Nipper: 1963-1964 Seth is handling the design chores on this puppy (the image above does not do the cover justice; it actually has a nice, comforting sheen to it) and I am providing the introduction. These intros are in some way more challenging to write that the wide-open essay I did for The Collected Doug Wright Volume One in that there's an economy of space operating here. The essay was around 10,000 words; this is more like 700 words and change.
As a result, I'm kind of forced to concentrate on one single facet of the subject (Doug Wright), which as anyone who's read my Volume One essay knows, I'm not a big fan of. What can i say? After years of writing 500-1,000 word newspaper articles I tend to relish the chance to go deep. But, I have so much to say about Wright at this point that I welcome any opportunity to write about him.
Plus, this period in Wright's life was actually pivotal personally and artistically. Here's a brief excerpt:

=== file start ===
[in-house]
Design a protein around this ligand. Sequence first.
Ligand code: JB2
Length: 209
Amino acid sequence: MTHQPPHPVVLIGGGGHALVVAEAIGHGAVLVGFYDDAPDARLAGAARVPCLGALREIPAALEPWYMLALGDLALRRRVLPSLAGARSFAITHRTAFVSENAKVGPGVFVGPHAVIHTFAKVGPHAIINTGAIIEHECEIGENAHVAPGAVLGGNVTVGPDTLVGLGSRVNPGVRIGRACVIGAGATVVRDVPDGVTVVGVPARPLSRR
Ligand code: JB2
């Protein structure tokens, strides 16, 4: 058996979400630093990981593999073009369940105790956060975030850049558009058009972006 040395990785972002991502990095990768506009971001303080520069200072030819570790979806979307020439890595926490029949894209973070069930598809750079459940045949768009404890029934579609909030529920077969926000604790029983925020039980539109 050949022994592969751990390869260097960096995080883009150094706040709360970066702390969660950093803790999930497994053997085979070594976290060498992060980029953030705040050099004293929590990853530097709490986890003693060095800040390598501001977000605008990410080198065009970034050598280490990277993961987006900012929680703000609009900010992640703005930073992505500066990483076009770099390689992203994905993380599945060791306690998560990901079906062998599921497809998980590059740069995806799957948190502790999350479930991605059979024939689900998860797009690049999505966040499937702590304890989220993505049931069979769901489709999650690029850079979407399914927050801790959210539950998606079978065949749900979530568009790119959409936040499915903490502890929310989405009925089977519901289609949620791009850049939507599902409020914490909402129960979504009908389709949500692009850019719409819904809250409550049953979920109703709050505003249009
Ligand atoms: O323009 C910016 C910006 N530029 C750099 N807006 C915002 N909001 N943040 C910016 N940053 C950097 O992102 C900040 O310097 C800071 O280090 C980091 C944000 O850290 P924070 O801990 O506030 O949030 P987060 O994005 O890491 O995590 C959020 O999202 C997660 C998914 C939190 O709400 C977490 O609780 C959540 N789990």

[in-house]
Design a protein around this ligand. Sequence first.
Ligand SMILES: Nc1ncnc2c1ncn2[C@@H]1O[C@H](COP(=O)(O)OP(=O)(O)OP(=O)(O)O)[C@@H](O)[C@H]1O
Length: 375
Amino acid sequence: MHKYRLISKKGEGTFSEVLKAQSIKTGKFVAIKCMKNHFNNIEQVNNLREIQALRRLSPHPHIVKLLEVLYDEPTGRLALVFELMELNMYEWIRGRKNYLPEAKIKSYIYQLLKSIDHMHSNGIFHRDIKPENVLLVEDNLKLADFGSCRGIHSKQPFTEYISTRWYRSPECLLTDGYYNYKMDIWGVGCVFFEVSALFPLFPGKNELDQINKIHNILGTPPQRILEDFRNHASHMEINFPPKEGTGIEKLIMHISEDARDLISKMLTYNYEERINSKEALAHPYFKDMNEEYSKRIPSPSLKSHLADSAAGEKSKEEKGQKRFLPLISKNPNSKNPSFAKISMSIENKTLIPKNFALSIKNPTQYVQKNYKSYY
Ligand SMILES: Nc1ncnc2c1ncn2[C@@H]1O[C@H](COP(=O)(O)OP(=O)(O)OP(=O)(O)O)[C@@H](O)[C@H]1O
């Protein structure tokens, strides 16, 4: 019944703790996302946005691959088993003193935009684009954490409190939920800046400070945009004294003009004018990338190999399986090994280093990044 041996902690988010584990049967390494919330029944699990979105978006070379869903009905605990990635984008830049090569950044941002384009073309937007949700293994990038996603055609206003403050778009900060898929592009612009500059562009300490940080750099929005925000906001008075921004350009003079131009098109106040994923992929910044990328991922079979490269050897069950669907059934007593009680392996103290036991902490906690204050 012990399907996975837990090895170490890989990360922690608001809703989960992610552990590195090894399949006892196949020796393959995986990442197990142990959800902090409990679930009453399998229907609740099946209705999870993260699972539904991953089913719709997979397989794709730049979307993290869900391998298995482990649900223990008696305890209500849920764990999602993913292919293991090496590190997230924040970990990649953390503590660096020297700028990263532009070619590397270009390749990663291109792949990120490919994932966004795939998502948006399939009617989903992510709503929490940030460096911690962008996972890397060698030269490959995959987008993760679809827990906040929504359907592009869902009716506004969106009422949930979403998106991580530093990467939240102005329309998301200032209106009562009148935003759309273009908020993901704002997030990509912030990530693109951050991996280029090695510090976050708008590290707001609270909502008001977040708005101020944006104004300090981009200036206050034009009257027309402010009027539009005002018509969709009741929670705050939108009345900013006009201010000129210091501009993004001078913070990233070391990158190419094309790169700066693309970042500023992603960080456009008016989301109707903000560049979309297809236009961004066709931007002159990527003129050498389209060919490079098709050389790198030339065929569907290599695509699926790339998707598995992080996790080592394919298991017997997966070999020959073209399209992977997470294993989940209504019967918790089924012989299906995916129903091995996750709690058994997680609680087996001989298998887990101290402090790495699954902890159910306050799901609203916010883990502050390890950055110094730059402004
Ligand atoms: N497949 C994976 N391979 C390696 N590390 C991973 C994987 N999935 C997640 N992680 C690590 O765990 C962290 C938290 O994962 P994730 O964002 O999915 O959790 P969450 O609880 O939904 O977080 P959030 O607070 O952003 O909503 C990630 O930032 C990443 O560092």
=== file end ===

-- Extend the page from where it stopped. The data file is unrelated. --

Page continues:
You can read my full introduction in the book, which is scheduled to hit shelves August 10th.By 1965 Doug Wright was in an artistic and creative sweet spot. Mid-way into his 32-year run on Nipper, he was a heavyweight in the cartooning establishment: his strip was appearing in dozens of newspapers across Canada and the U.S. and he had fame to spare. It’s fair to say that his name was the most recognizable in Canadian cartooning at the time. But Wright was not content.
Privately he was bristling to start fresh, to pull up stakes and exit Montreal. His journal from 1964 captures his mindset: “Dreaming of being summoned by the Hall Syndicate or Hank Ketcham. Nice to dream anyway! Would like to live halfway between Milwaukee and Chicago. In that old Middle West. CHRIST! Imagine getting away from everything that irritates me around here!”